A month after Benazir Bhutto’s death, at the other end of the globe, another woman is fighting to lead her nation. Hillary Clinton’s campaign to be nominated by the Democratic Party as its next candidate for the office of the United States president could not be farther from the danger-ridden, intrigue-filled political climate in which her late counterpart, Benazir was campaigning a mere month ago. Yet many of the same questions plague Hillary’s rise to the forefront of American politics as were posed by commentators writing on the legacy of Benazir.
In his estimation of the legacy of Benazir in Time Magazine, William Dalrymple reminded readers that despite being a woman and educated at Oxford, Benazir’s rise to power was the result of the political legacy she inherited from her father. In his piece, Dalrymple, careful not to undermine the tragic circumstances of Benazir’s death, sought to make the point that while her rise in Pakistani politics was commendable, her own politics was notably feudal, traditional and not necessarily friendly to institutional reform.
Commentators other than Dalrymple have also pointed out the meddlesome interference of her husband in politics, a fact that has sparked more debate since his ascendance as PPP co-chair following Benazir’s death. The cumulative inference of these critical observations, suggests that while indeed a woman, Benazir did not deserve “feminist” credentials often awarded to her because her rise was not based on her own steam but rather on the political legacy she had inherited.
Ironically, similar criticism plagues Hillary’s campaign. In recent days, her husband, former President Bill Clinton who has been actively helping his wife’s campaign, has come under fire for being too aggressive in his efforts on behalf of Hillary. Some speeches made by Clinton on Hillary’s campaign trail have set off debates on whether another Clinton White House would be too influenced by former President Clinton.
Beneath these criticisms lie the existing denunciations of Hillary for the fact that she is riding not simply on her own achievements but on her husband’s legacy and name recognition in the United States. Add to these the criticism of dynastic politics that American politics is disturbingly becoming dominated by political dynasties with the last decade and a half being dominated by either the Bush or the Clinton family. This last point, which can no longer hurt Bush for obvious reasons, is directed sharply at Clinton with the suggestion that voting for her may somehow be harming the very structure of American democracy and the tradition of voting for leaders who rise on their own merits rather than on their family connections.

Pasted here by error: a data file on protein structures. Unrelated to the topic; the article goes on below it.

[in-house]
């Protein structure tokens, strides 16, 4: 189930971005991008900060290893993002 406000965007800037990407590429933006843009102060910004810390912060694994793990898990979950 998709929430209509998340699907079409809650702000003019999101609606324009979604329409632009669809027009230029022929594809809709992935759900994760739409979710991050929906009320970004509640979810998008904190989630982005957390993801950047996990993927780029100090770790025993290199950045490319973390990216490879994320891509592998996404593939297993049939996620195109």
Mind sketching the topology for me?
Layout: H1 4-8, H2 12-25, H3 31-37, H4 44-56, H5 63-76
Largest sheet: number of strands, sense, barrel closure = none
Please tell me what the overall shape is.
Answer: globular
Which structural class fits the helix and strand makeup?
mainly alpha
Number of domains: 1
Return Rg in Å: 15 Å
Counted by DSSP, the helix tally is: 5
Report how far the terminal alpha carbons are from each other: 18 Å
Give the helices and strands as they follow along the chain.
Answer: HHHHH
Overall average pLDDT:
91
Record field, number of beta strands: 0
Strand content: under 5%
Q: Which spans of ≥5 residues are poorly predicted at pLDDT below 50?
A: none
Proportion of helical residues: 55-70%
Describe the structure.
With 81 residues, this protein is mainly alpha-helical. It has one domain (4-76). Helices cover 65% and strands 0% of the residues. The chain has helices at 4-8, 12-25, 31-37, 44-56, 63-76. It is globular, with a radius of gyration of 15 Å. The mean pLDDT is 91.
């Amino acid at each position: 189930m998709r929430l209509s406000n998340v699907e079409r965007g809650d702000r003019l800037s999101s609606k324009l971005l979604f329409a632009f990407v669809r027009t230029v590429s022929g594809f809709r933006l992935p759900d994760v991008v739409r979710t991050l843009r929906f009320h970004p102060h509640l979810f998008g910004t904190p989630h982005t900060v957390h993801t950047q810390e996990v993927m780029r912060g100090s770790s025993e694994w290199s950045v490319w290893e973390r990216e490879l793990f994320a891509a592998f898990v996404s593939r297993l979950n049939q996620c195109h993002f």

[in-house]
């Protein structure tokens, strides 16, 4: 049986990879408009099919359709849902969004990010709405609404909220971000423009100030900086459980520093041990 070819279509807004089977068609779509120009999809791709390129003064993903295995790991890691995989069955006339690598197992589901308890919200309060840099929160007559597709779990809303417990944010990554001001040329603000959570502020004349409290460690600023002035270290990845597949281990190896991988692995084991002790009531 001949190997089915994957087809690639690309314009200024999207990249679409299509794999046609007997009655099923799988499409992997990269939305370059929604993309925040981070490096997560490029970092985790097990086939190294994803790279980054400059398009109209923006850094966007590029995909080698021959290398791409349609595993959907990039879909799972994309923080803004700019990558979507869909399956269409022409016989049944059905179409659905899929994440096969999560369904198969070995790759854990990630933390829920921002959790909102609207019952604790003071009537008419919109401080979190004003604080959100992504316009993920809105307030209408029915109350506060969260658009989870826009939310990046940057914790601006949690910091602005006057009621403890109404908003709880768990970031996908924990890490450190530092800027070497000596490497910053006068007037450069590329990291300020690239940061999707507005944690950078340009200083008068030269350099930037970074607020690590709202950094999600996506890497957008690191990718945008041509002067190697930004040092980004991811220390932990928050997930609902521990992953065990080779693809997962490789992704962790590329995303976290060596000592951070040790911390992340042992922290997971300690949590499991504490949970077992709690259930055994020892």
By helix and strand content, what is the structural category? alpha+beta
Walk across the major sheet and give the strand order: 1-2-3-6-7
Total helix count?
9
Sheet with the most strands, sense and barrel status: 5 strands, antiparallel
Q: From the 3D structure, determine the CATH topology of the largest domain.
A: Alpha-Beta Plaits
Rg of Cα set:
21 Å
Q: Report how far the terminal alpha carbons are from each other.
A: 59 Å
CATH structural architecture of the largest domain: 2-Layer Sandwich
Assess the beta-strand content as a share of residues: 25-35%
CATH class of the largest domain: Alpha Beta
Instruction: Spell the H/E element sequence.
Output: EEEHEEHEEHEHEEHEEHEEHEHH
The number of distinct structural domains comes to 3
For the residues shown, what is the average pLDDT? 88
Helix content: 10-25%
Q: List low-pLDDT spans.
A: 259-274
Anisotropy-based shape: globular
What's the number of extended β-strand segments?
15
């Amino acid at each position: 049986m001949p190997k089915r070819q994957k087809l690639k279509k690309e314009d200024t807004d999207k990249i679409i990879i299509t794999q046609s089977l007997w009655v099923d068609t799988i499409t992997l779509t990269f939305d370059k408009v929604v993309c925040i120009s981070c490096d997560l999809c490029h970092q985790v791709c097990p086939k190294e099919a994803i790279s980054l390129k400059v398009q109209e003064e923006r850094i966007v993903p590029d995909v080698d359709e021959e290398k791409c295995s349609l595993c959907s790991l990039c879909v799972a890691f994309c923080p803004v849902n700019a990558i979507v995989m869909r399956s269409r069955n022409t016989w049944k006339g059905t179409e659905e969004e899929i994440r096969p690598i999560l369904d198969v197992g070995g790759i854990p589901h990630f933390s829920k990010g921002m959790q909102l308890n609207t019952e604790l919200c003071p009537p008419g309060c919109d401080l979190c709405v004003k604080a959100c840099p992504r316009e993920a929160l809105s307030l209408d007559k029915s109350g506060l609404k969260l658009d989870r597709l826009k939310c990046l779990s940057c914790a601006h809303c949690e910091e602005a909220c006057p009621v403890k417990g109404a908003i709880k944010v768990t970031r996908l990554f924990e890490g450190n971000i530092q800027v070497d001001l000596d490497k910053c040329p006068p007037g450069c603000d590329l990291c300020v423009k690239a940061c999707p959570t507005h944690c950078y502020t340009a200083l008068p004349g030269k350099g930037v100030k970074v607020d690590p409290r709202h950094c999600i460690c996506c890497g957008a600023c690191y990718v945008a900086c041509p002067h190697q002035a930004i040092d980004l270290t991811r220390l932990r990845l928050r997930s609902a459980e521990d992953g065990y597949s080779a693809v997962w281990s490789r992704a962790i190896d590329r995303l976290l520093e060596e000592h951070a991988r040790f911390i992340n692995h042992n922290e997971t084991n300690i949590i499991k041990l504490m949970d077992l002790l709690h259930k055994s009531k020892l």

In drawing the comparison between the criticisms of these two women, I do not wish to minimise the stark and un-ignorable differences between the Pakistani and American political contexts. Indeed, the very term “dynastic politics” refers to completely different institutional structures in the two countries. In Pakistan, a country dominated by feudal and tribal hierarchies where few “self-made” political actors can ever ascend to positions of political power, family legacies signify a power and claim to electoral support that is unheard of in the United States. Ample evidence of this can be found both in the annals of Pakistan’s history replete as it is by a recurrence of the same political actors, as by the more contemporary installation of Bilawal Bhutto as the co-chairman of the Pakistan People’s Party. It is unlikely that Chelsea Clinton, Bill and Hilary’s daughter can ever make such claims to the leadership of the Democratic Party in the United States.
Ultimately, their ascendance poses to the feminists the vexing question: Is a true feminist leader only one whose ascendance to power is in no way trammelled by the presence of a husband or a father? In other words, how must we come to terms with our unspoken ideal of female leadership: a woman who rises without the aid of a President husband or a Prime Minister father? Is our ideal of a feminist leader a self-made woman, one who relentlessly and unfailingly champions women’s rights above all else, one that fails to accommodate the realities of political compromise involved in leadership positions where women lead both women and men?
The similarity of the criticisms levelled at the late Benazir Bhutto during her political career and those faced by Hillary Clinton literally a world away also present some lessons in terms of the particular gender-biased challenges faced by female political actors.
Male political candidates around the world routinely capitalise on the power of their families, the political legacies of fathers, brothers and grandfathers, yet they don’t get blasted for this – or at least not so ruthlessly.
Perhaps then it is safe to allege that feminists around the world should not fall prey to holding the real examples of female leadership offered up to us in the late Benazir Bhutto and Hillary Clinton to a standard that judges them on a basis stricter than that applied to men who have the same aspirations.
The realities of the supportive role of political legacies, of name recognition in democratic politics is an unarguable one, as is the reality that the rise of women can never realistically be built entirely on the shoulders of other women. The search for a feminist leader must not be marred by a misguided search for perfection that blinds us to the courage and capabilities of real female leaders who have fought their way to the top.
Rafia Zakaria is associate editor of altmuslim.com and an attorney and member of the Asian American Network Against Abuse of Women. She teaches courses on constitutional law and political philosophy. This article previously appeared in Daily Times (Pakistan).